For Alamo City audiophiles and pop culture collectors, this is joyous news: For the first time in some time, San Antonio will host a record show this Sunday. Thanks to Jesse Galvan of the Music Connection, SA vinyl freaks won’t have to visit the Austin convention to cruise through stacks of their favorite 7- and 12-inch discs. Whether you’re combing through the bins with a strict spending cap or compulsively cruising for that have-to-have record, the San Antonio Record Show allows it all to go down under one roof.
If there’s an aroma of obsession in the air, you’re in the right place.
“Record collectors are freaks,” says Galvan, organizer of the show. “Dealers are freaks of nature. There are people who live for this, to go out and buy or sell. It’s just their thing.”
Operating the Music Connection (formerly the Record Connection) since 1982, Galvan ventures that SA hasn’t seen a record show since the Clinton Administration. “It’s a great undertaking and the situation never presented itself to where I had time to get a show together,” says Galvan.
Most years, a San Antonio show would have to compete with the behemoth Austin Record Convention occurring in October. But with an unfortunate venue dropout from the North Austin Event Center and providential timing for SA, the Austin show was cancelled. “I was already deep into promoting the record convention when I found out there was no Austin Record Convention,” says Galvan. “All of a sudden, my show has become more relevant.”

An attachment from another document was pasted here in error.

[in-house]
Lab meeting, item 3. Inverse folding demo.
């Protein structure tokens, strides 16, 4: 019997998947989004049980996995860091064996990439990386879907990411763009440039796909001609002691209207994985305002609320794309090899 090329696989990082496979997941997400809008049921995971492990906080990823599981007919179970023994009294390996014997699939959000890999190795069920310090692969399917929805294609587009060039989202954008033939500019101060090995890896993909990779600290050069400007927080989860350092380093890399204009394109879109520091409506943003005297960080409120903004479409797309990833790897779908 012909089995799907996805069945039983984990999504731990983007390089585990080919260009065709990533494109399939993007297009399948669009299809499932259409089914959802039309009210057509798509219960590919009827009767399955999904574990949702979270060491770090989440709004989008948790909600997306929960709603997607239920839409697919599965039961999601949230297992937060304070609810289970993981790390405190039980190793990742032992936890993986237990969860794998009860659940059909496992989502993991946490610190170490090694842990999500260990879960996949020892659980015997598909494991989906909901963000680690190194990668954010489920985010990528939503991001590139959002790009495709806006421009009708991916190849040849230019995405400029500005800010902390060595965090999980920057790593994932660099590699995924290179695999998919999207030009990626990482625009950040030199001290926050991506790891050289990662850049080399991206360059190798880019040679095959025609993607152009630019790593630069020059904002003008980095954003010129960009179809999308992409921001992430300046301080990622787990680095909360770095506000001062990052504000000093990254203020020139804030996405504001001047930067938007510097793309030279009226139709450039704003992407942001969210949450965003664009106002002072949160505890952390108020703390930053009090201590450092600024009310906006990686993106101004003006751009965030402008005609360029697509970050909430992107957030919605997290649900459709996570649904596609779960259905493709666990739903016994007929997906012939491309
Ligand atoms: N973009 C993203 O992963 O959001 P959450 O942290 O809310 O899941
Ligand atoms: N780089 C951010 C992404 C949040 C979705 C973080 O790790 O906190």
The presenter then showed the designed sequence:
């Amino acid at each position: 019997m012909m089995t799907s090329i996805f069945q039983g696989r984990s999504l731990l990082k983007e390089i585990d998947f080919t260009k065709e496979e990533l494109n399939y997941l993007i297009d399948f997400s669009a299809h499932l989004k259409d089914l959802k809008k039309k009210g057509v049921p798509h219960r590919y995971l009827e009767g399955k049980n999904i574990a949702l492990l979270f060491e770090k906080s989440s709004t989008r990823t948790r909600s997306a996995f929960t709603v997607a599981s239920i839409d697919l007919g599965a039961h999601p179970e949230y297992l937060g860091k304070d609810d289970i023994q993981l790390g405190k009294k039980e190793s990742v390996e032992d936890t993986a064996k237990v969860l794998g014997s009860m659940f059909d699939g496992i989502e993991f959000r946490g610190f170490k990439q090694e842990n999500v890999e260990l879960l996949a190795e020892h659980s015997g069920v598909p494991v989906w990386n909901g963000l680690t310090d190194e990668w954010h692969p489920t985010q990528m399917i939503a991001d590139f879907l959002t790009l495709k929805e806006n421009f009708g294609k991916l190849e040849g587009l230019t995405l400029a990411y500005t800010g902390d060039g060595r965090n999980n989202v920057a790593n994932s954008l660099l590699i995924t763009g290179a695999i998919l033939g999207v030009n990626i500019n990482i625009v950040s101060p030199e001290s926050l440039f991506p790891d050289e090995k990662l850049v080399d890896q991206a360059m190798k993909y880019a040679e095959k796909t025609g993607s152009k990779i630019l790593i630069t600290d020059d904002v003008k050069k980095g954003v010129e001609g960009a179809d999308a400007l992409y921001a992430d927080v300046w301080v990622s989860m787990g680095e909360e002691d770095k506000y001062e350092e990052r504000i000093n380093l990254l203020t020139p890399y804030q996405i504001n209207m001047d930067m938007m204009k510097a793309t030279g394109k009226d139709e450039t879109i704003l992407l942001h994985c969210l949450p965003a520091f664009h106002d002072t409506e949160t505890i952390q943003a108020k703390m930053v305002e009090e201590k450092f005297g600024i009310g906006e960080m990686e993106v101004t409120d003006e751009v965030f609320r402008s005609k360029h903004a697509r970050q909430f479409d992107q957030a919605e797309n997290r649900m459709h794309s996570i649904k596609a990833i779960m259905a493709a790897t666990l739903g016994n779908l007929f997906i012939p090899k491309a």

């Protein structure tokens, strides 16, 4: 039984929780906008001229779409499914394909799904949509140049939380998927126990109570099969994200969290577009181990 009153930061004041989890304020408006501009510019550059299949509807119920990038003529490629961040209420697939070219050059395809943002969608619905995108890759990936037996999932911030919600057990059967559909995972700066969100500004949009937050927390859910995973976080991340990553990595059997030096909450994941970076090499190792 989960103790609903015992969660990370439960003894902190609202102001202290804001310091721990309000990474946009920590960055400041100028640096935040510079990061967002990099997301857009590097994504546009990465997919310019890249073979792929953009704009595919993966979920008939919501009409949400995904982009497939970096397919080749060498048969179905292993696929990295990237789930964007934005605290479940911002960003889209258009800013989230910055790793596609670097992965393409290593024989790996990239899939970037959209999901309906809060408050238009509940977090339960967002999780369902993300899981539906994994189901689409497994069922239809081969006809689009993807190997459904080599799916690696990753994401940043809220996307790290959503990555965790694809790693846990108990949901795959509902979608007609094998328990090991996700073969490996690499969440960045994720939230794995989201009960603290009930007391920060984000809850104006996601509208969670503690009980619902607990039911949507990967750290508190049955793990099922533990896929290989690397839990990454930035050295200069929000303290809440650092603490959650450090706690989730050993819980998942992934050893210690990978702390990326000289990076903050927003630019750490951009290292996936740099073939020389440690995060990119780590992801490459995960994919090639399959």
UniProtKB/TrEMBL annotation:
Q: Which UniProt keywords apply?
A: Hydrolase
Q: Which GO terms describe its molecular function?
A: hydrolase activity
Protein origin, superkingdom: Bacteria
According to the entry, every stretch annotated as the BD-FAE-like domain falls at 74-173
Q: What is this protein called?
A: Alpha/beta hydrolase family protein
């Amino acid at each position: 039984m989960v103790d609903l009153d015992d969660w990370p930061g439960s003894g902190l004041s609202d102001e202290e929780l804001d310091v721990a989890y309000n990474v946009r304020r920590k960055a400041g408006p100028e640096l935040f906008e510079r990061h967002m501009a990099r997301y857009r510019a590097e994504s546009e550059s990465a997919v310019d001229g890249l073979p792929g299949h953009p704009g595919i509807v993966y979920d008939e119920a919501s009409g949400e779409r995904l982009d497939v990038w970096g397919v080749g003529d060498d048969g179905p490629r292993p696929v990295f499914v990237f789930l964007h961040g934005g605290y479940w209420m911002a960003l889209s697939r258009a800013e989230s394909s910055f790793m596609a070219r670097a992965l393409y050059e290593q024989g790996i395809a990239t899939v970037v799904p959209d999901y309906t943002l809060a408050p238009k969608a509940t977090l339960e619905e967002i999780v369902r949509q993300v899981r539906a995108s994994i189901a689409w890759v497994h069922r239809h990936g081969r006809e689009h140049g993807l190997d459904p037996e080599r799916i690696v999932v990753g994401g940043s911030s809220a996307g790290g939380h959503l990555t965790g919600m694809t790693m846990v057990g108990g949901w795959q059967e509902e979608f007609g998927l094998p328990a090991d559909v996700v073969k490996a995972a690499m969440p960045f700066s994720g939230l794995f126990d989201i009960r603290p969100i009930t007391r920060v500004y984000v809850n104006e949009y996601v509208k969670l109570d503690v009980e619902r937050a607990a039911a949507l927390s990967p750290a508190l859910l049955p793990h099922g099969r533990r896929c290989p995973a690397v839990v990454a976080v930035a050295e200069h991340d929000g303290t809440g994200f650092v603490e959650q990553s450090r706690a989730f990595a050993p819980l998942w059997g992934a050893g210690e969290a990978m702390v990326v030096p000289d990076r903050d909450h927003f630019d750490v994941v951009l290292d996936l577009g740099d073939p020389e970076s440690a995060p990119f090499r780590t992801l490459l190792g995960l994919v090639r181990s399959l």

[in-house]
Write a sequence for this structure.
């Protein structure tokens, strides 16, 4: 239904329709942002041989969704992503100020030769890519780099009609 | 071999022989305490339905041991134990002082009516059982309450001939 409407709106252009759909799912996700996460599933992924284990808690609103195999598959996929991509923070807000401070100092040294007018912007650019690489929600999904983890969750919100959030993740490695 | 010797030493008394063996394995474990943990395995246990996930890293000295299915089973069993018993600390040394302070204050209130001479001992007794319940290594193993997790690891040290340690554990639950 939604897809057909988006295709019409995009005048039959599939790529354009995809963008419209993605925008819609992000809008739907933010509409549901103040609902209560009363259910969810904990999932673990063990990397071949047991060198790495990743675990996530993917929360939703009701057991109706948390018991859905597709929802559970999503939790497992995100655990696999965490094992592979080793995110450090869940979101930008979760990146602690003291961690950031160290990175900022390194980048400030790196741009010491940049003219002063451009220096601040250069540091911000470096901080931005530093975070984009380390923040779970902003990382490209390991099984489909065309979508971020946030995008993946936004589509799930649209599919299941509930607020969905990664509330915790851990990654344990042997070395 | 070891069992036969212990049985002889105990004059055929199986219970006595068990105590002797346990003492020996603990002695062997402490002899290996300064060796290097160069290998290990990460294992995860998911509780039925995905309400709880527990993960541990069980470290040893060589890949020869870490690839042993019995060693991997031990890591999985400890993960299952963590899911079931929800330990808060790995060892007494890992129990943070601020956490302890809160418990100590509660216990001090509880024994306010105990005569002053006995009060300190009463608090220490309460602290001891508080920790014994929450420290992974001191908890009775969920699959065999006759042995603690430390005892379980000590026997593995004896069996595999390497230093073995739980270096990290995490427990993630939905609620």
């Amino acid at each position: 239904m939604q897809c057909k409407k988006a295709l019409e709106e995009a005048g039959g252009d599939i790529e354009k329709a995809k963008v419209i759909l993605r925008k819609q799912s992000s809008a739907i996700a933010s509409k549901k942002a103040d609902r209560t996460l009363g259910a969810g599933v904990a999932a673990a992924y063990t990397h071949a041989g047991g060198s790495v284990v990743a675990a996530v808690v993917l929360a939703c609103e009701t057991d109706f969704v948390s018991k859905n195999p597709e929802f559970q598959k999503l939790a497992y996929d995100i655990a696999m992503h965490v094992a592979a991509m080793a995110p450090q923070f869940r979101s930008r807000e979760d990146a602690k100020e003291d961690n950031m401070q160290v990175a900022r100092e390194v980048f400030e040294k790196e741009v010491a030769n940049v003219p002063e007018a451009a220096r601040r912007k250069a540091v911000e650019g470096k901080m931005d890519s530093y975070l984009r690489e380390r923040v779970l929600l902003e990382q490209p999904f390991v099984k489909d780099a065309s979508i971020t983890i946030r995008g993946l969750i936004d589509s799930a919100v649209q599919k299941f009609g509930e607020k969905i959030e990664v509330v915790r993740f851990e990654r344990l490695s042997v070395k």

With the recent announcement of the Austin no-show, Galvan has experienced a sharp incline of interested vendors. Where the SA show was looking at a respectable 50 to 60 tables, Galvan says that there’s potential for more. With vendors from Waco, New Braunfels, Houston, Austin, SA and Corpus Christi, if there’s an original issue or beloved LP you’re looking for in South Texas, there’s a solid chance it’ll show up at the San Antonio Record Show.
Assuming the inaugural gig is a success, Galvan plans to hold the San Antonio Record Show every six months, tapping into the recent upswing in the sale of vinyl. In 2013, Billboard reported vinyl sales grew by an impressive 32 percent to 6 million units. A solid year of market growth atop a decade’s rise in LP sales, the vinyl revival is proving to be a lasting trend.
To invest locally in the next generation of physical medium fans, the San Antonio Record Show is free for kids under 12. “I want the kids to look at what their parents or grandparents are interested in,” says Galvan. “Flipping through records is the coolest thing in the world.” Regular admission is $3, starting at 10 a.m. But real deal, borderline-hoarder collectors will want to arrive at 8 a.m. and cough up $10 for the opportunity to pour over stacks of virgin, untouched vinyl.
10am-6pm Sun, Sept 7
Schertz Civic Center
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